Ångström: the Watch and dictation

We don’t have a Watch, so it’s all theory. If you do, let us know what you think.

For this to work we’ve improved dictation significantly. This works on the phones, too. Press the mic button on the keyboard to try the magic.

Say “five kilograms in pounds” or “seventy-eight Fahrenheit in Celsius”. Ask a question: “What time is it in San-Francisco when it’s five o’clock in London”. Or even: “What time is it now in Beijing” (we had to support this for the watch).

We also no longer automatically paste stuff from pasteboard (this confused many people). Tap the from value to get the Paste option. We will show the popup automatically if there’s anything new in the pasteboard when you open the app.

If you are not yet using Ångström, you should:

Download in the App Store for free

   
2015   Ångström

Autocomplete with and without selection 

The inventors of classical autocomplete cleverly used text selection to denote the suggested word remainder:

Autocomplete with selection

As you type, you overwrite the selection and the system updates the suggestion. If you press Enter, the whole text is submitted. If you press the right arrow, the suggestion remains in the field, unselected, and you can refine the input before submitting. This is how selection has always worked. There is no need to modify its behaviour for the suggested text.

This solution may seem obvious, but I’m not sure it came easy. At least, my first call would be to overload the text input with a support for a special kind of text: the suggestion. It would take an aha moment to figure out you could make do without it.

Still, recently it became common to show the suggestion as just grey text:

Autocomplete without a selection

This design is better aesthetically, but is not as elegant logically since it does indeed add an extra kind of text. It is also unclear whether the suggested part will be submitted with Enter or not.

One popular Russian classifieds website uses this design and frustrates me with its search. Say you type “sno” and it suggests “wboard” with grey text. You press Enter — and get no results for “sno”. The classical autocomplete would not do that to you.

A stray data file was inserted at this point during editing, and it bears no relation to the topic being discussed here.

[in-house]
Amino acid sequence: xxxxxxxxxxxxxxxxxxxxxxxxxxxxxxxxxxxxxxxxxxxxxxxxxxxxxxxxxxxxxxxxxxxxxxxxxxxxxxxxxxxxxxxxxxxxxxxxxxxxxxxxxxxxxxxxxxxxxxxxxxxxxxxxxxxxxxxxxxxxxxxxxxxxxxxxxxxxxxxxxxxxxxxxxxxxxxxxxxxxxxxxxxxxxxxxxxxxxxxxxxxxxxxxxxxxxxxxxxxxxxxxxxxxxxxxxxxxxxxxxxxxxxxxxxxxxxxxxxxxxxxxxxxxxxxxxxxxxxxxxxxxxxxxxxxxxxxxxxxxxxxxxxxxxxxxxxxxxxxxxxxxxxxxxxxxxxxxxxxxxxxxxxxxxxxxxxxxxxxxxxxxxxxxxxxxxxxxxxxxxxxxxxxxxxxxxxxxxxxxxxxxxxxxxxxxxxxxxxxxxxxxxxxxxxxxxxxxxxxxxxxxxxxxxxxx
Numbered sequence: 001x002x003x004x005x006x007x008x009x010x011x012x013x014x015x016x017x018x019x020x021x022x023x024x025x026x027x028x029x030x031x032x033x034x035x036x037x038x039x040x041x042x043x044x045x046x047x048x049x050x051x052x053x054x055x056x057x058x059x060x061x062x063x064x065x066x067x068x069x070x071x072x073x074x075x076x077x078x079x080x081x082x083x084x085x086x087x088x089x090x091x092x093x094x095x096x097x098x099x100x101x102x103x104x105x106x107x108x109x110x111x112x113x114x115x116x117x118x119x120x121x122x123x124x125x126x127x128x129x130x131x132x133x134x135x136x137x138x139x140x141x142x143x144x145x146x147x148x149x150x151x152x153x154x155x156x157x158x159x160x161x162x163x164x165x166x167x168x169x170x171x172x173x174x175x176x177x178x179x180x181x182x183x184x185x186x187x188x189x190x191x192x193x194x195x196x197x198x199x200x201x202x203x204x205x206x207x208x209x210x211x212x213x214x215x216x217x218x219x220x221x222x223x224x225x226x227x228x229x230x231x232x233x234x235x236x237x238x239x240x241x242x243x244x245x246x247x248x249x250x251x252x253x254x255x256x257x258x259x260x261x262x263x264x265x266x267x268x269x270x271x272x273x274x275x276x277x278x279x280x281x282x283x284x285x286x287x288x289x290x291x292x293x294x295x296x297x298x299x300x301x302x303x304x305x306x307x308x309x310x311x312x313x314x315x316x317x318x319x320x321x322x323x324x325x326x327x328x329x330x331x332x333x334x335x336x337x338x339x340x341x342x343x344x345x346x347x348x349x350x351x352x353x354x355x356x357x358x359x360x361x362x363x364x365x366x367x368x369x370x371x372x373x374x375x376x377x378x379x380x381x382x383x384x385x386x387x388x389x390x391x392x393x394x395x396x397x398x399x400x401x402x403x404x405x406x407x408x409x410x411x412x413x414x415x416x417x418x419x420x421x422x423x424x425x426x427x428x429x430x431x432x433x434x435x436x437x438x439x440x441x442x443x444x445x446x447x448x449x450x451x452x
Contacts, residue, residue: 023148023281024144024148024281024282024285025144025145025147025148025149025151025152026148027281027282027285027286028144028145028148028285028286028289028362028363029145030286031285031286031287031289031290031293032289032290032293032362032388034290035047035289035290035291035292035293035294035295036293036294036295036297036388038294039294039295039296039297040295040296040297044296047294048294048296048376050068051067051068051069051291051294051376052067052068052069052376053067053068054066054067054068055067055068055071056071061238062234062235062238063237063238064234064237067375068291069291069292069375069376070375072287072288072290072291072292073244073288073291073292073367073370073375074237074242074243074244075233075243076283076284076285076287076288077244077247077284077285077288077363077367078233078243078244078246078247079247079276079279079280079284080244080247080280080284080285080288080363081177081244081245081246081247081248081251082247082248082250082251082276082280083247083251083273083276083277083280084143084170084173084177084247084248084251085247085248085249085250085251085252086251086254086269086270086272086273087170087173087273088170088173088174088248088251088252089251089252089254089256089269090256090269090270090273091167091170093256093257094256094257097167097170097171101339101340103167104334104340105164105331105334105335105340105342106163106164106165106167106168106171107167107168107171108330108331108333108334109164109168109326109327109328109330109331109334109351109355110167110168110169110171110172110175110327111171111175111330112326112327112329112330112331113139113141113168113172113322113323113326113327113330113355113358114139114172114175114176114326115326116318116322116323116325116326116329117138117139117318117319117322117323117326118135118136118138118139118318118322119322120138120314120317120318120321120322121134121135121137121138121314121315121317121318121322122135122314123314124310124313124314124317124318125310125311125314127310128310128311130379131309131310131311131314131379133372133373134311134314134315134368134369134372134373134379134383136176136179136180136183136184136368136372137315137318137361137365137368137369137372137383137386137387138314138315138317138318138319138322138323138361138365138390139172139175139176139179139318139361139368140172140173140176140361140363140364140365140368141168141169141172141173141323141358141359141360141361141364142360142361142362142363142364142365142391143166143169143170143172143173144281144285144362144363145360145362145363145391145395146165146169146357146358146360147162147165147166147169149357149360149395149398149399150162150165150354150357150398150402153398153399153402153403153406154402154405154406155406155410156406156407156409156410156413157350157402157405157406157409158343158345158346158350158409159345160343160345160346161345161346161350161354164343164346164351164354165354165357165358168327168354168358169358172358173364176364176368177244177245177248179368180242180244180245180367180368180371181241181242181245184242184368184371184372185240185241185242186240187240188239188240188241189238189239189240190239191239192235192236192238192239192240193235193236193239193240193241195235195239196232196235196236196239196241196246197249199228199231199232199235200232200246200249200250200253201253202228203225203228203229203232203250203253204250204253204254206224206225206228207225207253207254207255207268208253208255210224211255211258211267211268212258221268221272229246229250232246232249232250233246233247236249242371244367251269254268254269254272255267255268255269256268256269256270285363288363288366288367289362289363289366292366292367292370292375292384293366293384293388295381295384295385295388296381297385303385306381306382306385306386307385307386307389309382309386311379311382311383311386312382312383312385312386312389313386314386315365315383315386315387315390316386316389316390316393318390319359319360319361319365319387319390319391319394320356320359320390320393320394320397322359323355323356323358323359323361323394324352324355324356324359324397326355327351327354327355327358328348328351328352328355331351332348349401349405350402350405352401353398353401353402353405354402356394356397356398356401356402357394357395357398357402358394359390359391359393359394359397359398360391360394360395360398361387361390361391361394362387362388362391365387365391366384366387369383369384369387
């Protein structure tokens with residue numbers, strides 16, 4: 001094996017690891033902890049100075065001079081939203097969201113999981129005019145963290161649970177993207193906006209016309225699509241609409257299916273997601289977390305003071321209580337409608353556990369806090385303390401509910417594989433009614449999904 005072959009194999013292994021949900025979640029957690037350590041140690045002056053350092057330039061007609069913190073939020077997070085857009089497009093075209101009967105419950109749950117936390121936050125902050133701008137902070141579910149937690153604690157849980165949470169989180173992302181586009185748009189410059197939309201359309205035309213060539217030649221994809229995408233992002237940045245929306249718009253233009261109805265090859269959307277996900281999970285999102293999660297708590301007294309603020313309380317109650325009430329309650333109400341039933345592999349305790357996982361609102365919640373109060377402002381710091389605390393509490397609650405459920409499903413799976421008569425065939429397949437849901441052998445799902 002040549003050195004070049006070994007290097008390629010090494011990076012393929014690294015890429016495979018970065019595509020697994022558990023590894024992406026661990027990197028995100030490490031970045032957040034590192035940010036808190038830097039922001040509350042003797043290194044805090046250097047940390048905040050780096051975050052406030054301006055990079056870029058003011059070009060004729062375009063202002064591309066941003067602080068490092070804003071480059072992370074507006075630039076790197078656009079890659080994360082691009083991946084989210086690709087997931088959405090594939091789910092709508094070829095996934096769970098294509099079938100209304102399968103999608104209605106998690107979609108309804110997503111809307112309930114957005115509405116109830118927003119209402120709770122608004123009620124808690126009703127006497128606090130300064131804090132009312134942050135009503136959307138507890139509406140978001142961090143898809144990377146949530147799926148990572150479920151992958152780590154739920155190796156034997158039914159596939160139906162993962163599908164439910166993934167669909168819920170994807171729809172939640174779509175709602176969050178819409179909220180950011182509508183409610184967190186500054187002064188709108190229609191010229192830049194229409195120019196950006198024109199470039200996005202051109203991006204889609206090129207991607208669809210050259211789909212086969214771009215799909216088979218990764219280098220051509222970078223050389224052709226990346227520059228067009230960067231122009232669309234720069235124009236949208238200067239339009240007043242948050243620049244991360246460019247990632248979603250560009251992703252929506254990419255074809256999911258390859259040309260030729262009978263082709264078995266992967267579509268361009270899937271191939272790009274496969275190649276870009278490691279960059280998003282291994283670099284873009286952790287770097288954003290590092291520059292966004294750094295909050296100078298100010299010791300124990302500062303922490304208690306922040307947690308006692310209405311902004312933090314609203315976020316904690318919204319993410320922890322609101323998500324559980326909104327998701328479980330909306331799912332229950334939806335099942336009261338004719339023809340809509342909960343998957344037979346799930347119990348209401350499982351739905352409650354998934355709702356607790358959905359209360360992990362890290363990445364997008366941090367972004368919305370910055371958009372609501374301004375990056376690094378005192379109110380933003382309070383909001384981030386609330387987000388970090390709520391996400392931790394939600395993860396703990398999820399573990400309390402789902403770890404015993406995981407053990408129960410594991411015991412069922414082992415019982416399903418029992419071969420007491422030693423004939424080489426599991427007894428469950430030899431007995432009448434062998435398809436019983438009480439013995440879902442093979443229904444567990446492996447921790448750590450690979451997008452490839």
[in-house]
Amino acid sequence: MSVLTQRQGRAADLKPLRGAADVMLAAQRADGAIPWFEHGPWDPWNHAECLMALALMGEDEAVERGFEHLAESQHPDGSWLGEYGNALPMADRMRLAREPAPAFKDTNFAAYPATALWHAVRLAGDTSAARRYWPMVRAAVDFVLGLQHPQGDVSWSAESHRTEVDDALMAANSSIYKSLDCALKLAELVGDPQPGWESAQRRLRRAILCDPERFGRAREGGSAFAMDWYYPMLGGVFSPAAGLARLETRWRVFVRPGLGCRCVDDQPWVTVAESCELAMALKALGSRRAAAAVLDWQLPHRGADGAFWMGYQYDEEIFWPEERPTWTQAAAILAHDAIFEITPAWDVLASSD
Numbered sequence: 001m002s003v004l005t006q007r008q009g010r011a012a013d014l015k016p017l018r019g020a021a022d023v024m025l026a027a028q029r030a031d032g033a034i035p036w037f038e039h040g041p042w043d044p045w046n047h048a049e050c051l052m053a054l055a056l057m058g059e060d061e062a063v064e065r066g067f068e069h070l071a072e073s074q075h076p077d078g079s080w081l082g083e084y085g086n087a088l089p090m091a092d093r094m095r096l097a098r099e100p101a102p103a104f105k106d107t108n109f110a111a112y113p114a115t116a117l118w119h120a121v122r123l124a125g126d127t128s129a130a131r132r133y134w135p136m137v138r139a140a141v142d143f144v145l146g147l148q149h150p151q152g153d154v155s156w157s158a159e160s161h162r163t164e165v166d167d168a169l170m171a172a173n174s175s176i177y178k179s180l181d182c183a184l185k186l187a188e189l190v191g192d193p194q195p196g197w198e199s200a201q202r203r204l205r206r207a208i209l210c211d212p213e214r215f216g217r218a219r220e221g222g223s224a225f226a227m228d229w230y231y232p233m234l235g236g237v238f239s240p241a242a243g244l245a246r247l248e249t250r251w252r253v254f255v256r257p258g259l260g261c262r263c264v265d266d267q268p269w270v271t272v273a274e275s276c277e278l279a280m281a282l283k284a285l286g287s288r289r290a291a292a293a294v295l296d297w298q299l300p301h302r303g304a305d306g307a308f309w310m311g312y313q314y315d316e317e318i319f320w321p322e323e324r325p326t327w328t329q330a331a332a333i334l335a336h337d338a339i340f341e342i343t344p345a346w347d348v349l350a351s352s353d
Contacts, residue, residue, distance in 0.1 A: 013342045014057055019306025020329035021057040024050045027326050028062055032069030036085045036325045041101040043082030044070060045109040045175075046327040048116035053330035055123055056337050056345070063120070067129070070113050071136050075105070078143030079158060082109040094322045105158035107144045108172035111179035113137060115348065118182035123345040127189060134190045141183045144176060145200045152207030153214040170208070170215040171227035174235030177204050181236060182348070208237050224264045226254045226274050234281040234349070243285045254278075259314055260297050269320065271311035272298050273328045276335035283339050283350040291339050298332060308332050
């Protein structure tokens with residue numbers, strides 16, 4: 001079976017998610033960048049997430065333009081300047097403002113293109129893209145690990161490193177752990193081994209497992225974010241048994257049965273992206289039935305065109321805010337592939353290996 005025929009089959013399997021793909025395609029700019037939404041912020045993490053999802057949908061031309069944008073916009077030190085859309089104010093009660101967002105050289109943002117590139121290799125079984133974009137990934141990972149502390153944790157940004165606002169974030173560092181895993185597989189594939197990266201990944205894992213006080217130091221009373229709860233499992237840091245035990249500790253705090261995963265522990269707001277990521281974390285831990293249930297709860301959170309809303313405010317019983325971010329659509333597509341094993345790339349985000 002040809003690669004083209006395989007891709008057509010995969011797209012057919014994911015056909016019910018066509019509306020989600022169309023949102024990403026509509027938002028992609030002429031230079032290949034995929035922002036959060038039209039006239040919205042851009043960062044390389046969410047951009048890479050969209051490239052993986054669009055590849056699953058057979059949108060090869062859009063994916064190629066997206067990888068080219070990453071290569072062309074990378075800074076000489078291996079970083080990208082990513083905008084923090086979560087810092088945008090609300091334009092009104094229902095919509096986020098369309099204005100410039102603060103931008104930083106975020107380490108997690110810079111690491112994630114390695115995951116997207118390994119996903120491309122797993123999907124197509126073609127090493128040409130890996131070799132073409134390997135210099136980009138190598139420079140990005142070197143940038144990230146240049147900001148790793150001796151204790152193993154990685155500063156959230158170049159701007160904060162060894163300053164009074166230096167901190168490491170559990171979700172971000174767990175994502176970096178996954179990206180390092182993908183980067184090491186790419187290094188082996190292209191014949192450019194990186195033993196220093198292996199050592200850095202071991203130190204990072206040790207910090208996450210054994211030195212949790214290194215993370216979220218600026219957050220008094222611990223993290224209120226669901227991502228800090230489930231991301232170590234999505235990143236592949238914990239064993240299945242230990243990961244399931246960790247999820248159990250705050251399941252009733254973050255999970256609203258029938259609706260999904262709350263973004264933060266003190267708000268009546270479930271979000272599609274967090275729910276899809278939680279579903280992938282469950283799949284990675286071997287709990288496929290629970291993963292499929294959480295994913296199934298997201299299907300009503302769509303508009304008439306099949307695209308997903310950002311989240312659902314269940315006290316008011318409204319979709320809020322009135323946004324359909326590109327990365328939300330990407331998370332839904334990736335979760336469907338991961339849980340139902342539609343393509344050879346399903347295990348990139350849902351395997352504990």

It takes years for controls’ behavior to settle and become standard. So far, the implementations of this modern autocomplete design vary. But I suspect that you can recreate the classical behavior by just changing the selected text styles with CSS.

Alex Babaev, with whom we make Ångström, suggested that we switch to the modern autocomplete design, and so we did In a recent update:

Autocomplete in Ångström

Works the same, looks better.

   
2015   Ångström   user interface

Ångström: improvements to input and iPhones 6 support 

We’ve updated Ångström to version 1.4 for you:

This is a clean-up update after not-so-smooth 1.3. We didn’t even come up with a codename: were too busy fixing everything that was broken.

Unfortunately, we had to remove the Today widget. We rushed to add it in the fall, but had really hard time making it fast and reliable. We don’t want gimmicks in our app, so for now, no widget. We will get it back as soon as we figure out how to make it up to our standards. Sorry.

Also: numerous improvements to input. When changing a unit from “meters” to “Moscow time”, 3,57 would turn into 3:34 before, will now be 3:57 (tried to be smart, but it was useless). 357msk will also be automatically be treated as 3:57 msk. You can also type 007 without a decimal point now, it will be interpreted as 0,07 or 0:07 depending on the unit selected. Less taps, we like that.

People with large iPhones 6 and 6 Plus, we will use your screen real estate better now.

The Ukrainian currency, Hryvnya is now included in a free unit pack.

If you are not yet using Ångström, you should:

Download in the App Store for free

   
2015   Ångström

Ångström: convert time and time zones 

The new version of Ångström codenamed Greenwich is now available. Everyone can now convert hours to seconds, weeks to minutes etc. Paid users also get timezone conversion:

Ångström: convert time and time zones

What time is in New York when it’s five o’clock in London? Now it is as easy as typing “5lo”. We know when and where daylight savings time is in effect.

Also, we’ve finally done the rounded corners right:

We’ve finally done the rounded corners right in Ångström

Ah, so much better now! It took effort on Alex’s side to make this work fast and reliably on all supported devices.

We’ve added more currency symbols, including Turkish lira, Cambodian riel and Armenian dram (by the way, we’ve always had Bitcoin):

We’ve added more currency symbols to Ångström